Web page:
How long should a marriage last? For how many decades can you reasonably expect to tie yourself to another human being in the erratic three-legged race of married life?
Does the fact that we are all living longer — general life expectancy is rising by 2.5 years per decade — change the answer?
In the 18th century, there were just ten centenarians in the whole of Europe. By the end of this century, there will be an estimated 1.5 million in the UK alone. So is that laughing, adventurous young lover really the right person to spend the best part of a century with?
Professor Sarah Harper, founder of the Oxford Institute of Population Ageing, said a lot of interesting things at the Hay Festival this week, not least that we should accept the ever-increasing years and stop talking about being ‘old’ until we are actually frail and approaching death.
But most strikingly, she suggested that because a British baby born today may have a potential lifespan of 104 years, the institution of marriage itself may have to be rethought.
I married at 30, we have lasted 37 years and I, at least, have my fingers crossed hoping for a couple more decades of it
Perhaps, she says, we should be asking ‘whether we do want to be together for 50, 60, 70, 80, 90, 100 years’.
Things have changed. In 1950, you were lucky to live beyond 70; in 1930, even 60 was a good age to reach. And now that people are living longer, marriage among over-65s is on the rise. Maybe it’s inevitable that we will want somebody different as life goes on.
The traditions and expectations of marriage, of course, are embedded in a Christian faith to which not everybody adheres. Think about those awesome vows at the altar: ‘For better, for worse; for richer, for poorer; in sickness and in health; until death do us part.’ The words always bring a lump to my throat, even at the merriest, most youthful ceremonies. They are so starkly uncompromising.
You are solemnly vowing that, even if your spouse ends up broke, or disastrously sick, even if the union itself becomes worse not better, then you’ll damn well stick with it until one of you is dead. Which, these days, could be 70 years ahead.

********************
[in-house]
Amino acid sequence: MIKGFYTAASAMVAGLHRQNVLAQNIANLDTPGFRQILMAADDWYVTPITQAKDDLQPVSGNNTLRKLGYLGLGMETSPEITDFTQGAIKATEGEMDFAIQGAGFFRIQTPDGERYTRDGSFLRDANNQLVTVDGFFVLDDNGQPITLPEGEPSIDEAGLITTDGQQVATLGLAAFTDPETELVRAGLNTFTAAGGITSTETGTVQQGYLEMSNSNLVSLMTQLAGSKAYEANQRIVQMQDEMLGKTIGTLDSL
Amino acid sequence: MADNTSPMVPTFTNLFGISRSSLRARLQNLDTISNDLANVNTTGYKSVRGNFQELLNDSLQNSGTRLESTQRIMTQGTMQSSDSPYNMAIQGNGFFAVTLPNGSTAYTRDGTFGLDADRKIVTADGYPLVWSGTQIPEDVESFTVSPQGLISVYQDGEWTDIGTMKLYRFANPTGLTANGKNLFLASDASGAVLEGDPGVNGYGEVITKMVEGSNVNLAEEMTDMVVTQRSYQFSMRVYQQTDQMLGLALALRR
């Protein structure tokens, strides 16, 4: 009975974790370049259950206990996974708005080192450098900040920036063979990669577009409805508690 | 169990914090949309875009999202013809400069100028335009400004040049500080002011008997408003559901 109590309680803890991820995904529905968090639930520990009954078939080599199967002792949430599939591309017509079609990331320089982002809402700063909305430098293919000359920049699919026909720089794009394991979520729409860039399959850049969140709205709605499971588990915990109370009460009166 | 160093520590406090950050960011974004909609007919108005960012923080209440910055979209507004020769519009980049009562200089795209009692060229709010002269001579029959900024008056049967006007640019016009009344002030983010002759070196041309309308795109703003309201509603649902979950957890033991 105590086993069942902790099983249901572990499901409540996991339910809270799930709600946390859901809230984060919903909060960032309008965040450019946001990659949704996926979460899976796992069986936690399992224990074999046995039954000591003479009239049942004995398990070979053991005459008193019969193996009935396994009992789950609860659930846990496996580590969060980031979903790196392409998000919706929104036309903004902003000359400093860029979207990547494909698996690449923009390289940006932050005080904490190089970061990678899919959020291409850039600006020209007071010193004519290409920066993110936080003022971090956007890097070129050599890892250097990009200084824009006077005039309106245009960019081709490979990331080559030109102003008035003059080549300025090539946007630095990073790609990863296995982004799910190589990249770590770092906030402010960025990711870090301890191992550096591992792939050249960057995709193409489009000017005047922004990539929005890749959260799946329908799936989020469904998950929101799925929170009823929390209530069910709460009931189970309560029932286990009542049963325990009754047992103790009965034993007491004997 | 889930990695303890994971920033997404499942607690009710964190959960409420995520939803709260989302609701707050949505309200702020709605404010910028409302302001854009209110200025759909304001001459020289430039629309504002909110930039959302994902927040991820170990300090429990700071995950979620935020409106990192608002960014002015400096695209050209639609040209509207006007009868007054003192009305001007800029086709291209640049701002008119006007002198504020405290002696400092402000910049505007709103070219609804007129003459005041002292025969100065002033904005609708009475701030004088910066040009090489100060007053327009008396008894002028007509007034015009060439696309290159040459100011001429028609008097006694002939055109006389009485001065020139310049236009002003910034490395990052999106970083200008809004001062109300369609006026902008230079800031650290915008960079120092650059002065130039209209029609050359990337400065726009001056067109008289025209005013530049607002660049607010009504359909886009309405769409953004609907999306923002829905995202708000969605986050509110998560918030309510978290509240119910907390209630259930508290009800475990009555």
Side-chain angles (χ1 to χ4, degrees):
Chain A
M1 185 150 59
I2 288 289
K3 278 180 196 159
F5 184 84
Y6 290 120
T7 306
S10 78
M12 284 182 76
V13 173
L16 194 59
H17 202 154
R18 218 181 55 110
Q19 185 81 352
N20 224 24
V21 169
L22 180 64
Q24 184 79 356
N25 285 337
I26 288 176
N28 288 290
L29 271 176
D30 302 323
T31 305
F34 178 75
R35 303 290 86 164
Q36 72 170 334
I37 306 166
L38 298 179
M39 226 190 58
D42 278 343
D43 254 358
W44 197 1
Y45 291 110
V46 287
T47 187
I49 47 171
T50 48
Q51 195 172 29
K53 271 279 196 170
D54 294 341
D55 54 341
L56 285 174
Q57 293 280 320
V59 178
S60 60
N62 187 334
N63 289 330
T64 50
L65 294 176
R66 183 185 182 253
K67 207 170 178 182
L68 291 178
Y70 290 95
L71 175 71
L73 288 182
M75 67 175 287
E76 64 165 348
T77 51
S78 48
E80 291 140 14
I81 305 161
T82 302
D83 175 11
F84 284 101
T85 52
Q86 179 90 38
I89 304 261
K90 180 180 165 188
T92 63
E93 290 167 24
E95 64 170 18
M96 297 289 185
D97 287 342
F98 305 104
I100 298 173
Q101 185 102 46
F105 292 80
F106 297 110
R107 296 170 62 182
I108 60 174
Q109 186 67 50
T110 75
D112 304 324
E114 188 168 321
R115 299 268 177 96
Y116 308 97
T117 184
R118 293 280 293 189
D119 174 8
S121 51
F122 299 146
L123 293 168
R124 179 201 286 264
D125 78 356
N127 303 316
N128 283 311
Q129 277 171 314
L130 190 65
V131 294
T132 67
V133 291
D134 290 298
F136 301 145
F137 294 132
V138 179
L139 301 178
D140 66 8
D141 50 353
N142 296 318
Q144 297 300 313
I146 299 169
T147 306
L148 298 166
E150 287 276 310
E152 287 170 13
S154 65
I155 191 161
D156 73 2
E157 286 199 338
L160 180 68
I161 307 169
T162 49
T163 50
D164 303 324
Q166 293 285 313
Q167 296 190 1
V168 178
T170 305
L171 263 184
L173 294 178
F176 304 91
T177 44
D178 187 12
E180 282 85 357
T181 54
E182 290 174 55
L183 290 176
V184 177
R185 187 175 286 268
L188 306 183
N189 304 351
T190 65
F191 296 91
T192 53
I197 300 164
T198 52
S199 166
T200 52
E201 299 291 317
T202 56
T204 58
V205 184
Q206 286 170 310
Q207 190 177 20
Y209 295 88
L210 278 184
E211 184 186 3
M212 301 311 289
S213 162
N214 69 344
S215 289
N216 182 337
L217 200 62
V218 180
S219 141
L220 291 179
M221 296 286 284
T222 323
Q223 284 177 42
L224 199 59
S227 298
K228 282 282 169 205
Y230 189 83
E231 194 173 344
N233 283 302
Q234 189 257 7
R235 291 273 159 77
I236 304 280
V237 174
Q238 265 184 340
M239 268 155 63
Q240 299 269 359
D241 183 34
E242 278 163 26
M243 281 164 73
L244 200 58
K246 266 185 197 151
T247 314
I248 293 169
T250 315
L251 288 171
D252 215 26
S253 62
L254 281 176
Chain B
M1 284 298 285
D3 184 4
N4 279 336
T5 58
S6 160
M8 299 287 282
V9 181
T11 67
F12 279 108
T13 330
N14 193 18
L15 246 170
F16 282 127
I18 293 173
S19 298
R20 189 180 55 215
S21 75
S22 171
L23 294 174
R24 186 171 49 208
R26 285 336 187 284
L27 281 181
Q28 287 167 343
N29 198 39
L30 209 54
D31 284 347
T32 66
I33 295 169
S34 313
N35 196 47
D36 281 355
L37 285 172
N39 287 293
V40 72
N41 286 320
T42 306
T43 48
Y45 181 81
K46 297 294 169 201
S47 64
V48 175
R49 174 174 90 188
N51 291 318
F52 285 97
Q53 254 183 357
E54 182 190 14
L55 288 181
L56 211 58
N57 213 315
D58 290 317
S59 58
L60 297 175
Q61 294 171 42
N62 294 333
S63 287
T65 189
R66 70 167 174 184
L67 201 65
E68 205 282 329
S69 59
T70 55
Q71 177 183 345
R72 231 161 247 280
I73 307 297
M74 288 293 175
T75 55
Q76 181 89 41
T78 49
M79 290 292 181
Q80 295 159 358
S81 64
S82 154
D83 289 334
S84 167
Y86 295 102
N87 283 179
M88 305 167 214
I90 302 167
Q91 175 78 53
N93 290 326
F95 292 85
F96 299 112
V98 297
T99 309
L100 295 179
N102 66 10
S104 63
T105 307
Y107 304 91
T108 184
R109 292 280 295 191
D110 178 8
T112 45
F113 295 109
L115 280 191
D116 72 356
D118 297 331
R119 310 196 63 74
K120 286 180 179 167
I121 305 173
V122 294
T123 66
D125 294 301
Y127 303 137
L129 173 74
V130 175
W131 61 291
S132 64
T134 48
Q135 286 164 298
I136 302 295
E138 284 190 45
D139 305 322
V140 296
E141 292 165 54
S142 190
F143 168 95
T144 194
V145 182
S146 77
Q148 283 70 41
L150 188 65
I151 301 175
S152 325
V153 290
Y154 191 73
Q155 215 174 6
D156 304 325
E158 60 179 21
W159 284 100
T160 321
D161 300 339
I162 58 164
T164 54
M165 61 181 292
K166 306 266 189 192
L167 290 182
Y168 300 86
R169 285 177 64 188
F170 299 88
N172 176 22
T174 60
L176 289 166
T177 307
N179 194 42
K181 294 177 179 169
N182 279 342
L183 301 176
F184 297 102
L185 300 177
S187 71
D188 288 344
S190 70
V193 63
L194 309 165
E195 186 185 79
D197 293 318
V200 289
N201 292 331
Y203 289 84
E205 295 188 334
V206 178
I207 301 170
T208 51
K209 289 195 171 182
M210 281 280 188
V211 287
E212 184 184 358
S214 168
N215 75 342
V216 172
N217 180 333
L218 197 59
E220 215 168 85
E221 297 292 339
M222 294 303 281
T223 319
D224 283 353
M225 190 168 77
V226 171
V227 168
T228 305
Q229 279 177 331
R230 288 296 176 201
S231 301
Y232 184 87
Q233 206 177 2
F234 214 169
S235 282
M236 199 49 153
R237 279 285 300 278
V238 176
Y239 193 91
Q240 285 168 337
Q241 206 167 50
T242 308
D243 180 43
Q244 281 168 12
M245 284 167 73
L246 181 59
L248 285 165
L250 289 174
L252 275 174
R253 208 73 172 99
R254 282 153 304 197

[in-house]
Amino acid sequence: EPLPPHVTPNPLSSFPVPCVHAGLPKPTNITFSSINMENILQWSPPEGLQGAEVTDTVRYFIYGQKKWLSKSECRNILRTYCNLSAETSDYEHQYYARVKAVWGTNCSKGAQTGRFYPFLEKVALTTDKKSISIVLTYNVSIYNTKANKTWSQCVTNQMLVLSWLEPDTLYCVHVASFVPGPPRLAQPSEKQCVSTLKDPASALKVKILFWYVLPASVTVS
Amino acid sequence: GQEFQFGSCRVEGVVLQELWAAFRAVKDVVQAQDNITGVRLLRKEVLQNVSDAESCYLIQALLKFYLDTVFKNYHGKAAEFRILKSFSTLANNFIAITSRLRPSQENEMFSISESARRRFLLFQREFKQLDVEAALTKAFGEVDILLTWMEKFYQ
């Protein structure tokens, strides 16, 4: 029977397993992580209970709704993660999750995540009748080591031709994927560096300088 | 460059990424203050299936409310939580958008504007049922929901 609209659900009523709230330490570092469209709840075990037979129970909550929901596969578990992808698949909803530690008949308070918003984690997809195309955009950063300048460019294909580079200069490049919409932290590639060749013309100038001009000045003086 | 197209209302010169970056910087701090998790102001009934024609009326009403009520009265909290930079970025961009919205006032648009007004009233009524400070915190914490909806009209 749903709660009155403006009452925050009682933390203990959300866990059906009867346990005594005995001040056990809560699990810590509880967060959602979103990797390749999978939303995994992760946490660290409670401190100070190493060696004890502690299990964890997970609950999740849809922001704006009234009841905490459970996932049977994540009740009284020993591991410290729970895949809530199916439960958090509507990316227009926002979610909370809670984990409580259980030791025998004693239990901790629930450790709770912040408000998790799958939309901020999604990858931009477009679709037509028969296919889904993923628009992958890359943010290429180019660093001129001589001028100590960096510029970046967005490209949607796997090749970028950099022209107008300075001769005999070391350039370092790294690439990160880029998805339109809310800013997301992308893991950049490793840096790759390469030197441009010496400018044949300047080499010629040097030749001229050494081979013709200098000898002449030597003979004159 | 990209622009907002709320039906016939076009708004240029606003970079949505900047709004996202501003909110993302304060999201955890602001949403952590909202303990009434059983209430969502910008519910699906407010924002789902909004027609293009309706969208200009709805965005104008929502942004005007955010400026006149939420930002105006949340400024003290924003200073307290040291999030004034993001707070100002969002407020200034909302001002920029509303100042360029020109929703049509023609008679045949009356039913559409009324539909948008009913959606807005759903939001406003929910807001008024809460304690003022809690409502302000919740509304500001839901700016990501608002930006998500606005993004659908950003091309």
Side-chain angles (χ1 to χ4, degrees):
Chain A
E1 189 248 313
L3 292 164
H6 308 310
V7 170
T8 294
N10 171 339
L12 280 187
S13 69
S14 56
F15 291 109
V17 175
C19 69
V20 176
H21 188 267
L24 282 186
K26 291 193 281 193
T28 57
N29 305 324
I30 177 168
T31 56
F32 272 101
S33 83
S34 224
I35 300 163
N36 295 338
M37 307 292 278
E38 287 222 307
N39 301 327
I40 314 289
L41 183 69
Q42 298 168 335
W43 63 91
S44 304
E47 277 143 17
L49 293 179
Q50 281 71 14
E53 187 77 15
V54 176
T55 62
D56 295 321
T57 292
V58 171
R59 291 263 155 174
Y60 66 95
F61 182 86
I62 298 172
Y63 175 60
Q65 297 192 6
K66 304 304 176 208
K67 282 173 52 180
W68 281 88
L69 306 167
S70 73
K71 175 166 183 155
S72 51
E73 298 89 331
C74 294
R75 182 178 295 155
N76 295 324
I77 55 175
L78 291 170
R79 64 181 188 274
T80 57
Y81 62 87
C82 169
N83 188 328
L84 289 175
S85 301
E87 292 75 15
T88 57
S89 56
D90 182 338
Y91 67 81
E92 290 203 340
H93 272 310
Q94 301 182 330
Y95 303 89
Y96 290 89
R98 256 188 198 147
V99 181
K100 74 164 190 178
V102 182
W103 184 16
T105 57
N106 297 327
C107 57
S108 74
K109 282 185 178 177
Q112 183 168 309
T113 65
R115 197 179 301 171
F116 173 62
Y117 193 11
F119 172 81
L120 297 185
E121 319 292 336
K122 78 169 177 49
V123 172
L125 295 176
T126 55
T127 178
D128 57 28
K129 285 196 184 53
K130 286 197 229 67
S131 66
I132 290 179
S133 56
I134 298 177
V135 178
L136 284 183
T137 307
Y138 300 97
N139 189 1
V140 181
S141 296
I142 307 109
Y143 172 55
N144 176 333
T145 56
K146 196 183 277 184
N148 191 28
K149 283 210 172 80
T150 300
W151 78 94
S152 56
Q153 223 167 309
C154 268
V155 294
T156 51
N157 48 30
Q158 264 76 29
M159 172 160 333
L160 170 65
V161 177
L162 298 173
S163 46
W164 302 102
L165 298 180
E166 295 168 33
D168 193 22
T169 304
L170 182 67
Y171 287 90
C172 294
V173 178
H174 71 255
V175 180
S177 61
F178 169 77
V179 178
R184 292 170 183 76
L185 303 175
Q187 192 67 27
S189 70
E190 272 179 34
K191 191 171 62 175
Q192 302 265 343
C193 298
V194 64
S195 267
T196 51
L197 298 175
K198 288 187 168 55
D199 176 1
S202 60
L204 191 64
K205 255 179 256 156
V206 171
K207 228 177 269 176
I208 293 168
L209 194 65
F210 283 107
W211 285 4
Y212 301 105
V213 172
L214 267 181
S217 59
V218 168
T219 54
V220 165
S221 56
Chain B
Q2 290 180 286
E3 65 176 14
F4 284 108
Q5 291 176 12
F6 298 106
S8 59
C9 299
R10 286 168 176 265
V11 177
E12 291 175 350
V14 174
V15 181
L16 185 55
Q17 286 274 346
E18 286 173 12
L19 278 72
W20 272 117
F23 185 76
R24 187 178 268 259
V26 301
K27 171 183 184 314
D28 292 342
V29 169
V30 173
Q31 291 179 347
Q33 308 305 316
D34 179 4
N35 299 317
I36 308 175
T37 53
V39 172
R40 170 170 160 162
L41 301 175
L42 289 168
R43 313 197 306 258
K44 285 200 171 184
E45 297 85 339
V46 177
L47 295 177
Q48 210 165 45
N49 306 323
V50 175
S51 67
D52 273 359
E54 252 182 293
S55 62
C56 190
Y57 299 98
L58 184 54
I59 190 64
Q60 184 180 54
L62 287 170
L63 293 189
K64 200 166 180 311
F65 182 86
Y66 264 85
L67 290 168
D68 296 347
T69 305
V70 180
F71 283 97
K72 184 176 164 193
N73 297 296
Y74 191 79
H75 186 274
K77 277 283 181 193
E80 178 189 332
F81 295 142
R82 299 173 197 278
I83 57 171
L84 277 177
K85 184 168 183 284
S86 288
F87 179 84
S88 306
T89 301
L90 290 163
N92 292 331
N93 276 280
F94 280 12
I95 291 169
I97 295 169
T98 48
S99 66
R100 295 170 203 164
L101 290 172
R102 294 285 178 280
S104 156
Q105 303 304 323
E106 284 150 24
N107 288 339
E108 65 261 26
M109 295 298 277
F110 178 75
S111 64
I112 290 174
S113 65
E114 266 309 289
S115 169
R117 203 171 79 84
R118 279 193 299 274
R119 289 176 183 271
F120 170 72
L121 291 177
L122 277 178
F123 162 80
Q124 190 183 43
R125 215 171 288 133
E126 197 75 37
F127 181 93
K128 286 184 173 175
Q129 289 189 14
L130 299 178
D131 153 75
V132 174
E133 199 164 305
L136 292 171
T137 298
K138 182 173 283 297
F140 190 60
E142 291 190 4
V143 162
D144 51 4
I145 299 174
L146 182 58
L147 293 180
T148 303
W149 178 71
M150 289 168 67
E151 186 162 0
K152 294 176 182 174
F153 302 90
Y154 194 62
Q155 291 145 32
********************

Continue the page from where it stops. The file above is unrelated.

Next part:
This is, of course, an enormous undertaking. Terrifying, if you dare to think about it seriously. No wonder some couples in civil weddings adopt the American habit of writing vows of their own — softer and more loving. All the registrar legally needs is for you to promise that there is no impediment, and agree to be a ‘lawful wedded’ husband or wife. So you can add on flowery bits with none of that fierce, apocalyptic, Book-Of-Common-Prayer severity.
People write loveable things such as: ‘I will laugh with you, cry with you, respect your uniqueness . . . May my heart be your shelter and my arms be your home.’ They aren’t announcing explicitly that even if their darling becomes ill, crazy or impoverished they plan to stay alongside them until widowhood.
So Professor Harper may be right; we might need to think again about what we expect of marriage. Certainly 42 per cent of marriages now end in divorce.
The most common reasons are arguments over money, sex, privacy, in-laws and conflicts over jobs and children (in other words: anything).
But are we, as Professor Harper implies, wrong to expect marital longevity as we live longer? I don’t feel quite that way. Partly, I suppose, it is personal.
I married at 30, we have lasted 37 years and I, at least, have my fingers crossed hoping for a couple more decades of it.
My parents stuck it out over 40 years, and in our whole extended family there has been only one separation (met with a certain startled surprise). I like being married. It suits me. In many ways it frees me. I take no particular credit, and am simply grateful for it.
When marriages fail, it is always to some extent sad, even if it is clearly for the best.
Like anyone else, I have plenty of friends who haven’t been lucky, several managing their divorces with grace, generosity and a superhuman patience for the sake of their children.
But I am not sure that this natural decay in some unions supports Professor Harper’s idea about longevity causing a change in future attitudes to marriage. Because interestingly, nearly half of all divorces happen in the first ten years.
My parents stuck it out over 40 years, and in our whole extended family there has been only one separation (met with a certain startled surprise). I like being married. It suits me. In many ways it frees me. I take no particular credit, and am simply grateful for it